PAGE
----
Home > About > Bill Peak's Library Column > COVID-19, Our Community, and the Library
As I write this, a dear friend lies dying in the hospital. A man with a ready smile, a warm intelligence, a self-deprecating sense of humor, and a firm commitment—based upon faith—to serve his community, this man is not my friend alone, he is Talbot County's. I will not name names here, he would not want all the fuss and bother, but many I'm sure will know whom I speak of. And I'm equally sure they would agree with me that this man and his beautiful wife, working entirely as volunteers, have done more for our community than many of us who are paid a salary to serve. If he goes, as it now seems likely he will, I shall miss him heartily. I always dreamt that, one day, he and I would get to go fishing together. I guess that will never happen now.
All death is, of course, sad—opportunities lost, potential unrealized, who knows how much more good this man might have done?—but there is an additional sadness attached to this man's end. His was one of the great marriages. No one could look at this man and his wife together, the way they communicated across a meeting room table without ever saying a word, the quiet smiles they shared, the way they couldn't even bicker without having fun doing it, without knowing how much they loved and cared for each other. You looked upon them and it gave you hope. But now he lies dying and, thanks to COVID-19, he lies dying alone. She cannot be with him.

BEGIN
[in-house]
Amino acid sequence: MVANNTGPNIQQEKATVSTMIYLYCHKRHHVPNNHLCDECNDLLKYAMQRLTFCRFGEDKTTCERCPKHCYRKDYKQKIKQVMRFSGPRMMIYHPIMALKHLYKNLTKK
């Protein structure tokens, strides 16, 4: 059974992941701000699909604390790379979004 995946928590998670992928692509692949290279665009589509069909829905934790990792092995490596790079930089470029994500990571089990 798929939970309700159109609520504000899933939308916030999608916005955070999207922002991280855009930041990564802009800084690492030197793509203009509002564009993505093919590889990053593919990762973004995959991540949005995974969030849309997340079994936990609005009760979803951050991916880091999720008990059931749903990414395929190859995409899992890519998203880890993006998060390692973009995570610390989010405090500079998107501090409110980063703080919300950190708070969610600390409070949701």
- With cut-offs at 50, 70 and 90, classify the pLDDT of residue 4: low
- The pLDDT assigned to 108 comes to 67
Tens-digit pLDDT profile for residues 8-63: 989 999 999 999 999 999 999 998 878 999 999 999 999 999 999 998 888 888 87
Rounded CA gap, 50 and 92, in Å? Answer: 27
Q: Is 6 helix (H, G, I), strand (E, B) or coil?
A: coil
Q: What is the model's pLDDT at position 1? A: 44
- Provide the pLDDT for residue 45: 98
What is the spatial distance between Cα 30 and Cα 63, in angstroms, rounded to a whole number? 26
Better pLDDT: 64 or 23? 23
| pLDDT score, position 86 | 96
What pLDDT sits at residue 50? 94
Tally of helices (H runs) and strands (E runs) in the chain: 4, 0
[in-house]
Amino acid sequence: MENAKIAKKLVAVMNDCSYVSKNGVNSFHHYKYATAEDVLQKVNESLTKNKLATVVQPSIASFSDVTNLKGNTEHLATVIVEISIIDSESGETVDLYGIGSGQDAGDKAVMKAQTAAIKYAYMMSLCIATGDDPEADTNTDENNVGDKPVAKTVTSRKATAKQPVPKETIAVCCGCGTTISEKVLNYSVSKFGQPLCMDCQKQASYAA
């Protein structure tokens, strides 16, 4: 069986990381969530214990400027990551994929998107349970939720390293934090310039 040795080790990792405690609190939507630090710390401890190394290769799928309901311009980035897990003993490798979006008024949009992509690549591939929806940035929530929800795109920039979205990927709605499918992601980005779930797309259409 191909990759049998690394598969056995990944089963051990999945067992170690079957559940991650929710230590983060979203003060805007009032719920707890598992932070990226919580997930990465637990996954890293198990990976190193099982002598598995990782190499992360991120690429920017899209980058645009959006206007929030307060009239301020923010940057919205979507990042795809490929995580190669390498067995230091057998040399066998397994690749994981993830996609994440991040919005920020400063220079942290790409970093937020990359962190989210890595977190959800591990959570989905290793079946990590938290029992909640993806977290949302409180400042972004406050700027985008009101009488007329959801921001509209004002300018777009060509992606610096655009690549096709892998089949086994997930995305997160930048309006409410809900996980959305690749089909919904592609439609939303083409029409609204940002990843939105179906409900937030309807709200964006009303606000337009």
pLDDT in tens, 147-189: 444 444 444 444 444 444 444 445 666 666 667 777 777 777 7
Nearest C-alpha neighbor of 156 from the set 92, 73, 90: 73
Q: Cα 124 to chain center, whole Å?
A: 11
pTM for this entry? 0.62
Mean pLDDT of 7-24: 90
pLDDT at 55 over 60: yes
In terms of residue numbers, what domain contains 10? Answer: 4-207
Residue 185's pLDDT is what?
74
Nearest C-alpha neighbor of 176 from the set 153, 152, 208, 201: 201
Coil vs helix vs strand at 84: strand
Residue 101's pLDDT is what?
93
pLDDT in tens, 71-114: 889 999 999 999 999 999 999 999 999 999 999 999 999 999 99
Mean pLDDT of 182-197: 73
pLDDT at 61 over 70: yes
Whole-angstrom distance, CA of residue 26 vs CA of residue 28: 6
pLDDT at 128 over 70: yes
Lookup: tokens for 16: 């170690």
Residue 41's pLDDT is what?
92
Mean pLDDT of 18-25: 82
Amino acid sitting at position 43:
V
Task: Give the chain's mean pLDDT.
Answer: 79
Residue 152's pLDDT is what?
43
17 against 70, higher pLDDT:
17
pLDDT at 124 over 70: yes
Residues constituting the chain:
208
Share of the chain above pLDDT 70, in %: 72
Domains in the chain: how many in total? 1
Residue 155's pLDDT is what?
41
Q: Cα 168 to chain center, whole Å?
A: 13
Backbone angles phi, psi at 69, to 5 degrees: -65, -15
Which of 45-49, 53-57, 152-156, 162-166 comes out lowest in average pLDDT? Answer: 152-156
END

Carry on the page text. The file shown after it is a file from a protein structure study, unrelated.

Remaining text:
I'm not sure where I'm going with this. I love our community. I ache for our community at a time like this. This man and woman were both a part of our community and part of another, smaller community: their own union. That they should be parted at the end constitutes, I think, a blow to any and all sense of community, our understanding of what a community is, what it means to love and care for one another. We cannot let this dreadful disease destroy what is most vital to us, our friendships, our marriages, the institutions we have created for the community at large, our churches, our schools, our libraries, the businesses large and small that unite us one to another.
Think of all the high school seniors who have been cheated out of their graduation ceremonies, a prom, their final spring baseball season. Think of all the marriages planned for June, the mothers sitting in their dens, shaking their heads over caterers' menus, wondering if any of it will ever happen; their daughters beside them, dreaming of their beaux, the honeymoons they had so carefully planned. Think of all the children trapped at home who can't understand why they can't go out and play with their friends anymore. And, finally, think of all the people who are reaching the end of life's journey, facing that last day alone, deprived of those they love by an entity they cannot see, cannot even imagine.